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47 frontline al-Qa'ida commanders identified by Saudi Arabia

A group of 47 frontline al-Qa'ida commanders, including a son-in-law of Osama bin Laden, have been identified in an Interpol alert on behalf of Saudi Arabia, in an unprecedented disclosure of Saudi citizens in key terrorist roles.

The cross-border police agency said that all of the men named were based outside the oil rich kingdom but posed a potentially serious public threat at home and abroad because of their suspected involvement with the Islamic group.

Muhammad Salim Barikan, who had worked as a driver and a bodyguard in al-Qa'ida camps, married Bin Laden's 27-year-old daughter Fatima in 1996.

Unconfirmed reports by militants in the group said last year that Barikan had been killed in a US drone attack in the terrorist stronghold of Waziristan in Pakistan.

Major Gen Mansour al-Turki, a spokesman for Saudi Arabia's Interior Ministry, warned that the men were key figures in supplying arms and financing to terrorist outfits in Yemen, Afghanistan and Pakistan, the pre-eminent battlegrounds in the war against the group. But despite exile their domestic links were extensive.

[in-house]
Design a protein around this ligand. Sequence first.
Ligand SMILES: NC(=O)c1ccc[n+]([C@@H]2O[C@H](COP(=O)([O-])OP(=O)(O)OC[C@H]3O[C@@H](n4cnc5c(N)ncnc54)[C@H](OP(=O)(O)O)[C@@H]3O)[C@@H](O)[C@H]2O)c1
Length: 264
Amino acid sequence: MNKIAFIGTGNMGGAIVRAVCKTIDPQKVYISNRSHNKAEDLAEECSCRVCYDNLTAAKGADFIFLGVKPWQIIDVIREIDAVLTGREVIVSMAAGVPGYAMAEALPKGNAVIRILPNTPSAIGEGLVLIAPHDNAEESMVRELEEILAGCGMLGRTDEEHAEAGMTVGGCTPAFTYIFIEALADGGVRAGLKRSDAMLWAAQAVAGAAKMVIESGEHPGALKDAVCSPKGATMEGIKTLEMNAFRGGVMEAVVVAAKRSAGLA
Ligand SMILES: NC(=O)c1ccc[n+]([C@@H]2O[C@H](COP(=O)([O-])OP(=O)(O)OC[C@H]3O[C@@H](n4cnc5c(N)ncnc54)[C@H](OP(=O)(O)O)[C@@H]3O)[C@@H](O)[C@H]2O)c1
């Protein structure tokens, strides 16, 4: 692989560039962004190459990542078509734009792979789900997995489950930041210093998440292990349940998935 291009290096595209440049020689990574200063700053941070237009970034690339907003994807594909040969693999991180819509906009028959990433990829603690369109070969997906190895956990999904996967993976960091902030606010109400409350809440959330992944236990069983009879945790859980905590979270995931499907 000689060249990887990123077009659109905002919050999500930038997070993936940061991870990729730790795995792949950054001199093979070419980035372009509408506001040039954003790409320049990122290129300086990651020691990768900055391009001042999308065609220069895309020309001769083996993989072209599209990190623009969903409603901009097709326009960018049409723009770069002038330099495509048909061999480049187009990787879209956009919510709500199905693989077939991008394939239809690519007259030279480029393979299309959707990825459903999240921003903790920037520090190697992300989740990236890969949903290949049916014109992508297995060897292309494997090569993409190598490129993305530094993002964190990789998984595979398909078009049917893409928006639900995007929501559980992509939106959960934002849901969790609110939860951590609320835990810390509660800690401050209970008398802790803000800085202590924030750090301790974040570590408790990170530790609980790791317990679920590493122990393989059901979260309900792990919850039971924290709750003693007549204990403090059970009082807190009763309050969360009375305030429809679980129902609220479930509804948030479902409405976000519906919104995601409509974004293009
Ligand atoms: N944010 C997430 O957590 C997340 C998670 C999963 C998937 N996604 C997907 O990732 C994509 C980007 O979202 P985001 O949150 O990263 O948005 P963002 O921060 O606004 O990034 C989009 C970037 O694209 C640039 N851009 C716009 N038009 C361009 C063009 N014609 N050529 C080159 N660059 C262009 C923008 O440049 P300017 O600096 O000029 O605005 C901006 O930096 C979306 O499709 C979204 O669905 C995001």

"One of their main goals is to establish terrorist cells inside the kingdom, to recruit Saudis and have them trained," he said. "We had to take this to Interpol to make sure that wherever they are, they can be captured."

Major Gen Turki said that many of the men named had links with 149 people detained in an eight-month operation against al-Qa'ida cells operating inside Saudi Arabia.

Yemen represented the single largest contributor to the list, being the base of 16 of the 47 Saudis named. Another 27 were split between Pakistan and Afghanistan with officials unable to determine exact whereabouts and four were believed to be operating in Iraq.

The list was issued just as Hillary Clinton, the US Secretary of State, arrived in Yemen on rare visit by a prominent Western politican to the terrorist stricken state. Mrs Clinton said she would boost US support for President Ali Abdullah Saleh's efforts to quash al-Qa'ida in the Arabian Peninsula (AQAP).

"Yemen recognises the threat AQAP poses to it and it has become increasingly committed to a broad-based counter-terrorism strategy," she said. "At the same time, we are committed to a balanced approach towards Yemen which includes social, economic, and political assistance,"

Key Saudis not listed on the notice included Osama bin Laden and his sons Mohammad, Said, and Hamza. Other prominent leaders including Saeed al Saudi, Said al Shihri, and Muhammad Abu Faid were also omitted.